In December 2017, the UN High Commission for Refugees (UNHCR) increased provisions to save lives and support the thousands fleeing into Southern Nigeria from areas of unrest in Cameroon
In December 2017, the UN High Commission for Refugees (UNHCR) increased provisions to save lives and support the thousands fleeing into Southern Nigeria from areas of unrest in Cameroon.
The agency and its partners have been distributing food, medical aid and basic relief items, as well deploying more staff to coordinate with local and national authorities and ensure the needs of affected people in the region are being met.
A heavy wet season had worsened the state of the remote region’s road network and hampered previous aid efforts.
According to the UNHCR, 7,204 arrivals were registered in December 2017, with some 70% of asylum seekers coming from the area of Akwaya in South-West Cameroon.
Thousands more await registration, which will stretch the local population’s capacity to its limits, said an agency spokesman in a press release.
The majority are women and children who are being hosted by local communities near the border.
Tensions between pro-independence demonstrators and security forces in Cameroon’s Anglophone region intensified in October 2017 and led to more asylum seekers arriving in remote areas of Nigeria’s Cross River state.
Similarly, the number of South Sudanese refugees fleeing into Uganda exceeded 1 million by September, 2017.
In the last year, an average of 1,800 refugees have arrived in Uganda every day, escaping the food crisis and civil war in South Sudan, which has seized the country since 2013.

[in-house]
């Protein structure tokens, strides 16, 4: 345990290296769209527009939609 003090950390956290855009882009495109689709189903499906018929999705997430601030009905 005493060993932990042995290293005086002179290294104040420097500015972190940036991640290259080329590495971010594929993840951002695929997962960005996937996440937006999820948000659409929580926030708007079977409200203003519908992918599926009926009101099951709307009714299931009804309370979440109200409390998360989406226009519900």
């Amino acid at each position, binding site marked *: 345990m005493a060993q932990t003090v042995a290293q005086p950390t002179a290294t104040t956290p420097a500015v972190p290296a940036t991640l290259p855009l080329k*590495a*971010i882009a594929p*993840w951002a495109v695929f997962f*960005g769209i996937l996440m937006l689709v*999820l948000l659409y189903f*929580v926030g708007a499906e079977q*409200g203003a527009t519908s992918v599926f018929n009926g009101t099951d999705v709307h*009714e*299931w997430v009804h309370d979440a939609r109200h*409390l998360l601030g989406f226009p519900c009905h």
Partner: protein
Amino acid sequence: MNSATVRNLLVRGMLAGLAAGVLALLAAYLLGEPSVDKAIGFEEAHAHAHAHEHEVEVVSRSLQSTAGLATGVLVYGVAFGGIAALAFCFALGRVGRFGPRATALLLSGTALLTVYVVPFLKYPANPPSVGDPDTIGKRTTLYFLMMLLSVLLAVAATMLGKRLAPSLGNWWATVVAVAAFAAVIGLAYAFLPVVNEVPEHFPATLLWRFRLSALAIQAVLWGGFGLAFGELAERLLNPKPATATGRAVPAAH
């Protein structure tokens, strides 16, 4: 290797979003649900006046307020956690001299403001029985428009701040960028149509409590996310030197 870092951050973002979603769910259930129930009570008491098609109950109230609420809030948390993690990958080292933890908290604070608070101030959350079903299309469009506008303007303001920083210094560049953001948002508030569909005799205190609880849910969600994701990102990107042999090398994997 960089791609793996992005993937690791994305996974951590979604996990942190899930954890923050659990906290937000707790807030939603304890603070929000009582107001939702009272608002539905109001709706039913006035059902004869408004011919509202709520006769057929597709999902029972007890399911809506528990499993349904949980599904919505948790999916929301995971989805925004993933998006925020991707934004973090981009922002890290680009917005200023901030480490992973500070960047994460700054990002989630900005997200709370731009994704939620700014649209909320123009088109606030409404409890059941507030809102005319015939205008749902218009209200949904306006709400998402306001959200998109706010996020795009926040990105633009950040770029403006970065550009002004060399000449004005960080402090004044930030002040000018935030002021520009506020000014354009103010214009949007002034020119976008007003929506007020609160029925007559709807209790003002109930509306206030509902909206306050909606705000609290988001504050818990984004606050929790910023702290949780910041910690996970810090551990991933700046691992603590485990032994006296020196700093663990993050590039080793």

More than 85% are women and children, many of who have witnessed barbaric violence, been recruited by armed groups of been subjected to sexual abuse.
Plan International has been responding to the refugee influx since 2014 and has recently developed a 3-year response plan to support the peaceful co-existence of host and refugee communities, as well improving access to social services and assisting refugees to become self-sufficient.
The organisation has provided over 35,000 refugees with water and sanitation programmes, critical aid items, early childhood care and child protection services.
It has set up a number of pre-school centres where young children can learn and play, as well as providing them with emotional support and protection.
Uganda signed the New York Declaration on Refugees and Migrants in 2016 and committed to providing a comprehensive response to refugee crises.
With thousands of refugees arriving daily into the country, however, the amount of aid available is falling increasingly short.
The country requires around US$683 million to effectively respond to the crisis, of which only 21% had been received as of September 2017.
Country Director for Plan International Uganda Rashid Javed said: “Critical gaps exist in food, water, sanitation, education, early childhood services, gender-based violence and youth skills, to name just a few.
“The protracted refugee crisis demands that all key stakeholders coordinate and align their efforts to ensure that the needs of all refugees and host communities are met.”